I’m really torn about Santa and my kid. On one hand, you’ve got a method of keeping you child good all year with threats of diminishing toys from the man up North. The finale of Christmas morning with excited children tearing into gifts and screams of delight because you gave in and bought them the light saber they asked Santa to please, please bring them. On the other hand, you are setting up your kid for the greatest disappointment of their lives. Well, the first of many ever increasing disappointments, but still, you are the reason for the first and most memorable.
So what is a parent to do? Do you sit your kid down at four years of age and tell them that there is no Santa? Do you keep up the façade until they are 18 and then pretend that you just found out for yourself the harsh truth?
I say, let your kid find out about Santa the way they find out about sex.
The first step is to always not answer their questions. Avoidance is key here. Answer their questions with questions of your own. Make their question seem like an intrusion and that there will be punishment involved with further queries. Just like with sex, if you frustrate them, they’ll quit asking.
Q. Is there a Santa?
A. What do you mean is there a Santa?
Q. Is Santa real?
A. Where did you get that from?
Another sure method is to let them walk in on you. With sex, you leave the door open while grunting and screaming. With Santa, leave the door cracked while you are wrapping gifts and saying things like “This X-Box with faulty ventilation is making me so hot!” When they walk in, scream and pull the wrapping paper over your chest. Shriek at them to get out. Later, go to their room and sit on the bed next to them and ask them if they have any questions about what they saw. Answer their questions with, “Well, when you are older, you will understand.”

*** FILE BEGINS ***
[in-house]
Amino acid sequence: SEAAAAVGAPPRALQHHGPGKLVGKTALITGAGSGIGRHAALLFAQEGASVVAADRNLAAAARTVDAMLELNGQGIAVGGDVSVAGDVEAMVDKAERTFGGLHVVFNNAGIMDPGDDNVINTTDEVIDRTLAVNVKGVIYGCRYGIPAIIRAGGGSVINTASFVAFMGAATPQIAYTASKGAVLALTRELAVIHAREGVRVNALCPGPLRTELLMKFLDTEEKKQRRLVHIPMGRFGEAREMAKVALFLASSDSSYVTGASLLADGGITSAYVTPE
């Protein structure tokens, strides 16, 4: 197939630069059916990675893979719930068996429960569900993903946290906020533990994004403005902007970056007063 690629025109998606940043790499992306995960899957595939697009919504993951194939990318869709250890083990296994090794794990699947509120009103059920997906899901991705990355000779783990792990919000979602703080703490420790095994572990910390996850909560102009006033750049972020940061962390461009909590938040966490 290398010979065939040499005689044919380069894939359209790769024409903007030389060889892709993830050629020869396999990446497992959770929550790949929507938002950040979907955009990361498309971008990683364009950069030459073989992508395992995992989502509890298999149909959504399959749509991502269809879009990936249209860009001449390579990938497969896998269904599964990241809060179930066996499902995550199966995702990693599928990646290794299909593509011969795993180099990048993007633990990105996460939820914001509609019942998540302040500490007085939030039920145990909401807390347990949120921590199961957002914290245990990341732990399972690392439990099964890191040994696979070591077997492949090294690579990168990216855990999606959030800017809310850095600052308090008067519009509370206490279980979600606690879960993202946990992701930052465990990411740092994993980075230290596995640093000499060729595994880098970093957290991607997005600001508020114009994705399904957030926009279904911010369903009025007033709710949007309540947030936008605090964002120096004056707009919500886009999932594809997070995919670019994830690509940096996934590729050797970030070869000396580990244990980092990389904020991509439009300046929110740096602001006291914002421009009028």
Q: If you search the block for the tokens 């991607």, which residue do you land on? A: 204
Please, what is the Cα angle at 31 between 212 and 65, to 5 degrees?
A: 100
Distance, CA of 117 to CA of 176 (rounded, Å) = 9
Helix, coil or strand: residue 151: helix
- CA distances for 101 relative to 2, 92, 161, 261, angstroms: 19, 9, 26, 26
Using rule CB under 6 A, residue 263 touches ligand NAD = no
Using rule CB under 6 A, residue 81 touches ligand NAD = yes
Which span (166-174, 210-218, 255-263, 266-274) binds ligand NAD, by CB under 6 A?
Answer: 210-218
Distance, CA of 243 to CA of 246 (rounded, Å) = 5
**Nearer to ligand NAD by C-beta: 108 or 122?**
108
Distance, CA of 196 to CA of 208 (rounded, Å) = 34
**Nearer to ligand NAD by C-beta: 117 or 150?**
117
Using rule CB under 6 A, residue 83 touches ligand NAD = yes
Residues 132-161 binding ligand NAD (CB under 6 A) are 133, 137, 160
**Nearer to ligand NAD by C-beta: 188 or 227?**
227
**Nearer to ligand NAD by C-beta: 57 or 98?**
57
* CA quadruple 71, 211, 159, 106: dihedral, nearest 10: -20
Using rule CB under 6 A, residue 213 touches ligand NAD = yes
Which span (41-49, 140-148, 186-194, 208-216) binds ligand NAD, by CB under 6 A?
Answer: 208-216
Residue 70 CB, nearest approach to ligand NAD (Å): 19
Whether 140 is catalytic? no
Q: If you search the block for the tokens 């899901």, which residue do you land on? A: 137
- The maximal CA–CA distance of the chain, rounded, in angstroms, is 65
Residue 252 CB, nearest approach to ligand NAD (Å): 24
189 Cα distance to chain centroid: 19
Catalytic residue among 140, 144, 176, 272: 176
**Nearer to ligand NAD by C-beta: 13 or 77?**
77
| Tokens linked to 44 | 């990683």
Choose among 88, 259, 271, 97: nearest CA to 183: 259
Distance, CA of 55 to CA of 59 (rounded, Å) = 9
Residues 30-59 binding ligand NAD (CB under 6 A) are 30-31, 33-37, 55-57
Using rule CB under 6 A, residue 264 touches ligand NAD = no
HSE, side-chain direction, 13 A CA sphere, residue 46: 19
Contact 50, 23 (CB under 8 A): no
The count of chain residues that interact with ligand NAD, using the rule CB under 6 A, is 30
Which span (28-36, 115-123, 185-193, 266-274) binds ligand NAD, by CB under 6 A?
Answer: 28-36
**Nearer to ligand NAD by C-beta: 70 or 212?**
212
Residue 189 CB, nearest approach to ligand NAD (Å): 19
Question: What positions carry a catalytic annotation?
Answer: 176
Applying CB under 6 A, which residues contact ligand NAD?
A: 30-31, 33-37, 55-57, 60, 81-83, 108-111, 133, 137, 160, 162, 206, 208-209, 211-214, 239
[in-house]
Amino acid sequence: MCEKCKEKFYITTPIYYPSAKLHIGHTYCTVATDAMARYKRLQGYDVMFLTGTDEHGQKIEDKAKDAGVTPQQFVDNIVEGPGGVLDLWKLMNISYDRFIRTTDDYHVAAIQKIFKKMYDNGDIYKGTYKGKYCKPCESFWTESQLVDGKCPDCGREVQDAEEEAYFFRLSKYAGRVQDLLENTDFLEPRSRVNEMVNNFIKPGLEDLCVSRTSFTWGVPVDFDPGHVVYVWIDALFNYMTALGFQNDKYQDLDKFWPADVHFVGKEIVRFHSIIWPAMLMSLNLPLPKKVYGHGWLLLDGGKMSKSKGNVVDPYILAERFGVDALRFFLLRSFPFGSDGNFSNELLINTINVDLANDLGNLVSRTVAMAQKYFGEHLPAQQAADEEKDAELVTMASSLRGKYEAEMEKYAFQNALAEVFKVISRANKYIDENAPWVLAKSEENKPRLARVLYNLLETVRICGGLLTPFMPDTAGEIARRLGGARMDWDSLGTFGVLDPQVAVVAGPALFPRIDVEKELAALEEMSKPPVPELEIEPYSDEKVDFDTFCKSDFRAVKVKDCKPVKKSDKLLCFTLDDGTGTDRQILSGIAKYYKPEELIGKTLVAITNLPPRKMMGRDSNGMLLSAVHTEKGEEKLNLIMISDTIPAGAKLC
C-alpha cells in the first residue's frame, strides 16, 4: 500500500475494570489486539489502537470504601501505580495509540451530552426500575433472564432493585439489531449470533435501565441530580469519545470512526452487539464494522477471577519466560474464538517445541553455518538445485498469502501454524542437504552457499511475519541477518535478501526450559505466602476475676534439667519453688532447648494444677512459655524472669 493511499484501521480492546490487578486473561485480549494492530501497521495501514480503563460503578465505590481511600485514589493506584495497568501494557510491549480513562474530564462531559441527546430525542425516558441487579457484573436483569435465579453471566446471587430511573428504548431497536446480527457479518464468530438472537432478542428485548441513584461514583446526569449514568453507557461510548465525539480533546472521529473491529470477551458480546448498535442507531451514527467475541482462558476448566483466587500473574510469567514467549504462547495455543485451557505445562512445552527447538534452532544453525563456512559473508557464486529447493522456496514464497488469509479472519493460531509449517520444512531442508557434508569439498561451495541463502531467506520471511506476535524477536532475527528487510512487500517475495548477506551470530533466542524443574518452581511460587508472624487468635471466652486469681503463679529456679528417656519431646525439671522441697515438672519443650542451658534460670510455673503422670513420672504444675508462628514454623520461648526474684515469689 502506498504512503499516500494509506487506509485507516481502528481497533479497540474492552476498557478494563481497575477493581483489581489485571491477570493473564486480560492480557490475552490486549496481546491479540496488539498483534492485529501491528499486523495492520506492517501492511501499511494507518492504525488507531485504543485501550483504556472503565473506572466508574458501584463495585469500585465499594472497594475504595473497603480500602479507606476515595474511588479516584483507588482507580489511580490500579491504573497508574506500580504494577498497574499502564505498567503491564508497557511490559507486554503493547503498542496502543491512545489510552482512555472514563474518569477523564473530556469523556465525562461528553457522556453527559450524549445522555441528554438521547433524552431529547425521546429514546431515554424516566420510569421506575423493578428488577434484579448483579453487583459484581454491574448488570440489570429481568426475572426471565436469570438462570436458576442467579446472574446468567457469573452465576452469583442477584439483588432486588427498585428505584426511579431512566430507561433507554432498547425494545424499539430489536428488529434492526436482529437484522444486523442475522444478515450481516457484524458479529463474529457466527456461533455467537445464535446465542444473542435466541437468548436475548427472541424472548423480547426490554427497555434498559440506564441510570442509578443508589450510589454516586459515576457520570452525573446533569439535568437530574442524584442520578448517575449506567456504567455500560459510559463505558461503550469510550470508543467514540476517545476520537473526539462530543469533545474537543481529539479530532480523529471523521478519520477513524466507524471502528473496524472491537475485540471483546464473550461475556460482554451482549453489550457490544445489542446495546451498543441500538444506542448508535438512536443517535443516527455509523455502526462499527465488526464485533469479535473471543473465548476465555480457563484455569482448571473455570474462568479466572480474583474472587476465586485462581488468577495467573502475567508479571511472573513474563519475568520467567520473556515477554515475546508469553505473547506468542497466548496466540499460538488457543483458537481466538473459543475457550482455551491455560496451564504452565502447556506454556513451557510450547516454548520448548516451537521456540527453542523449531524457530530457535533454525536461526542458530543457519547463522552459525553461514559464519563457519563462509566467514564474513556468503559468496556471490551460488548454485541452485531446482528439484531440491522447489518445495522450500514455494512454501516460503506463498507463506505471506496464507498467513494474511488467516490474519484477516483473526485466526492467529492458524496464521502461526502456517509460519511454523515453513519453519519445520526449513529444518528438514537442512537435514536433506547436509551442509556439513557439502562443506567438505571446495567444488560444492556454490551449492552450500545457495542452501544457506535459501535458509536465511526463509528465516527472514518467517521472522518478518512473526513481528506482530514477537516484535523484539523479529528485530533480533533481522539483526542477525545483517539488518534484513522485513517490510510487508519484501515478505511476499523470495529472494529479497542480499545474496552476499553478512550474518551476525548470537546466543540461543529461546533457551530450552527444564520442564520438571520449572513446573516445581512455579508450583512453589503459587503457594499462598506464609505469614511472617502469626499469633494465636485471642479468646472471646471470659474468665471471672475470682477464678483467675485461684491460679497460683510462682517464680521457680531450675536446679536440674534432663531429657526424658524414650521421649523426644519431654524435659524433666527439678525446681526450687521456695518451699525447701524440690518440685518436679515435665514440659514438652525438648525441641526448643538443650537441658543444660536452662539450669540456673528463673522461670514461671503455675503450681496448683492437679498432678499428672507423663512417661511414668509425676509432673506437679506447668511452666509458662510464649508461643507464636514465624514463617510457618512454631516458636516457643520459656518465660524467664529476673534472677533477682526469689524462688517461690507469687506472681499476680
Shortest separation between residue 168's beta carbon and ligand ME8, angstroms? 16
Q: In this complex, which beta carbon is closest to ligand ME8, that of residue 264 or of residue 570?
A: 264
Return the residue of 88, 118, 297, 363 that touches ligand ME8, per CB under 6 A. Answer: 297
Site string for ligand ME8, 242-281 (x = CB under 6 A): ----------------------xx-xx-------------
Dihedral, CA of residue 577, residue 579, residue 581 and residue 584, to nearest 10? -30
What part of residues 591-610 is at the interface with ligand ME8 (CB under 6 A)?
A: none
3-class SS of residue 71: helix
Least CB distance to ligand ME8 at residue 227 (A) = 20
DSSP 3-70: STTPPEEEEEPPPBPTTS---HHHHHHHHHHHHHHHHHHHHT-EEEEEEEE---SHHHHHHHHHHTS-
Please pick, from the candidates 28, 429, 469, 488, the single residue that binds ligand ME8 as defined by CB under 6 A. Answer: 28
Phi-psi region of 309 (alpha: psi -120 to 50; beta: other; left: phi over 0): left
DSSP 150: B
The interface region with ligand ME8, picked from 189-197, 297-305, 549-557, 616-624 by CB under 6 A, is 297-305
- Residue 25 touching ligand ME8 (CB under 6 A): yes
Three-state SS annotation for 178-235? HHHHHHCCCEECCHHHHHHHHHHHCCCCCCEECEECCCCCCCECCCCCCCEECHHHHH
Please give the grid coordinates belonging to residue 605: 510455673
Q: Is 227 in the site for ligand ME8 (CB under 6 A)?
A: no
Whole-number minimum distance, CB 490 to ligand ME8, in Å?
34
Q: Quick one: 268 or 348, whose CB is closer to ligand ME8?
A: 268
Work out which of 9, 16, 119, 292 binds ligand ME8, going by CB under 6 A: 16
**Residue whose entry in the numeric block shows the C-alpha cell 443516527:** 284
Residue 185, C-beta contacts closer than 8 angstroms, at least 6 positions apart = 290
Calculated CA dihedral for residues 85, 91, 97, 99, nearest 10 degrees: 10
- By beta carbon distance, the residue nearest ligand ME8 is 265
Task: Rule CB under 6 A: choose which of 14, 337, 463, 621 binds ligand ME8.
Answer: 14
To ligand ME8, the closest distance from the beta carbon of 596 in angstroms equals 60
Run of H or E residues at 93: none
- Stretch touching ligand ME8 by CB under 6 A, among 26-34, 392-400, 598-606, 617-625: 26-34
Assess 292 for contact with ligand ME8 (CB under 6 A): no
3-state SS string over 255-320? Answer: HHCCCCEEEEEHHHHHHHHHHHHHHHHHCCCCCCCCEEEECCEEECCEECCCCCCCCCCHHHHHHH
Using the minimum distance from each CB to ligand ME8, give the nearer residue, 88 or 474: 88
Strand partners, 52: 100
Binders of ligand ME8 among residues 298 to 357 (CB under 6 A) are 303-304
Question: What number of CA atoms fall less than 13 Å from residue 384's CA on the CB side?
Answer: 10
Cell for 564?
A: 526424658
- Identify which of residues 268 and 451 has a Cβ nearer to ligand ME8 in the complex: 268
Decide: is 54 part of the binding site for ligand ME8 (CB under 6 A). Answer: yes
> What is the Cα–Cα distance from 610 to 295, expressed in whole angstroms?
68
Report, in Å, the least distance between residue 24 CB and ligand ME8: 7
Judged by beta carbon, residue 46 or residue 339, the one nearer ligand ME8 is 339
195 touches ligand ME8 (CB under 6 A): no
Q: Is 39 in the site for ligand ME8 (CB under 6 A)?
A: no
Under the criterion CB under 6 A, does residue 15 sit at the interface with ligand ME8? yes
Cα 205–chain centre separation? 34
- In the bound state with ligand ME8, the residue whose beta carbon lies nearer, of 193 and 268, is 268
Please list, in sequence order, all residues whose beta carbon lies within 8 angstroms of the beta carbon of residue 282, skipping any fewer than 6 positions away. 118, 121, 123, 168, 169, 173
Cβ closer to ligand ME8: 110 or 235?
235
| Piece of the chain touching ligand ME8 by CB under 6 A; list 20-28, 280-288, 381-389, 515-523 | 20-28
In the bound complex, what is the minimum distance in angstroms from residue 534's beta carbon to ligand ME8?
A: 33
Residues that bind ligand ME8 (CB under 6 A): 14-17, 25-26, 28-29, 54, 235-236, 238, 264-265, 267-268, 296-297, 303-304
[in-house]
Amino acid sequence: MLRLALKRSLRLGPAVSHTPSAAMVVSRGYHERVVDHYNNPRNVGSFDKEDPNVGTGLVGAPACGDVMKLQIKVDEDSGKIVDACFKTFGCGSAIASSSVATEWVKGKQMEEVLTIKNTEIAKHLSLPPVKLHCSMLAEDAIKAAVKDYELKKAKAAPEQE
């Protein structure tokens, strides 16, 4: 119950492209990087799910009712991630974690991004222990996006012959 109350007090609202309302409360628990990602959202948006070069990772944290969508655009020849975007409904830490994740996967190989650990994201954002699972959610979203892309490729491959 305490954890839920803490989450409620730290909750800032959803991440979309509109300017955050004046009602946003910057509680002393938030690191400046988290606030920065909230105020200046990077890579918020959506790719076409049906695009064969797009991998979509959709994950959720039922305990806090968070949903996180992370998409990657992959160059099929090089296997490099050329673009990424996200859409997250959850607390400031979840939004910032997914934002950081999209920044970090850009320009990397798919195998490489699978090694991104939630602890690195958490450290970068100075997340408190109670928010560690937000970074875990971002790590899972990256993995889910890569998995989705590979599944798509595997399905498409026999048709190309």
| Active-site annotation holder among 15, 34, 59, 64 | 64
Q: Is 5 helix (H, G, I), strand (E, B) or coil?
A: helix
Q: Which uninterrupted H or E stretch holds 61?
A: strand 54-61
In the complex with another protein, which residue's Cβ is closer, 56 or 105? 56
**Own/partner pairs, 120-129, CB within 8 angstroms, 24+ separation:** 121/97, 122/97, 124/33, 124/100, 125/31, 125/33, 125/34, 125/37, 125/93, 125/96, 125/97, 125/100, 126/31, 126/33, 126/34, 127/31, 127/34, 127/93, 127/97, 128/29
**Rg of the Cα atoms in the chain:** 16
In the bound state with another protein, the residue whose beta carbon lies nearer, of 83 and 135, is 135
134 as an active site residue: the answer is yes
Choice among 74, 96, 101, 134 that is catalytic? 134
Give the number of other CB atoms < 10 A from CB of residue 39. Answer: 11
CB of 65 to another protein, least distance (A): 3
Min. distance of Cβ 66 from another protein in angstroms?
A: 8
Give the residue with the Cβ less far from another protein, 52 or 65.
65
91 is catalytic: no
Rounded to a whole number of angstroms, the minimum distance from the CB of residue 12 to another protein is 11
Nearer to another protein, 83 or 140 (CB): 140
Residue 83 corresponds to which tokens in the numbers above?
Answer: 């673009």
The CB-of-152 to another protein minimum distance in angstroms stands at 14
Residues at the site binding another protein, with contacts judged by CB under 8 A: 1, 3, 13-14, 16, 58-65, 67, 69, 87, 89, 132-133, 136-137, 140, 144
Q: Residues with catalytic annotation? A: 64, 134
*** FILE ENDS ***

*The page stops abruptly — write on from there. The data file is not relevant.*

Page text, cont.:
Friends are the best form of misinformation available. Usually it starts off with the atheist kid blabbering his mouth in the second grade. The atheist kid always changes schools, so you’ve got two/three years to let the information sink in a ferment. Some other kid will come to school with a story about their older sibling not sitting on Santa’s lap anymore and making out in the food court instead. If your kid comes home with a black eye after defending Santa’s existence, you might want to console them with some ice cream and talk to them about imaginary things like the Easter Bunny and Peace in the Middle East.
Finally, it’s time to sit down and pull out the diagrams. Diagrams scare kids and they will go into a waking coma. When discussing sex with your kid, the illustrations of the ovaries alone will hold them off for a few years. When you get the charts out with the numbers of how fast Santa would have to travel, the cultural differences about good and sin, heavy petting reindeer, and the sheer mass to lift ratio necessary to lift a sleigh filled with toys; you will find you child susceptible to any suggestion. At this point, say that Santa does exist right here, and touch their heart with your wallet. Then lay them over on the floor and let them sleep it off. They will awaken the next morning refreshed and appeased.
They will know the answers and know enough not to talk to you about it. Just like sex.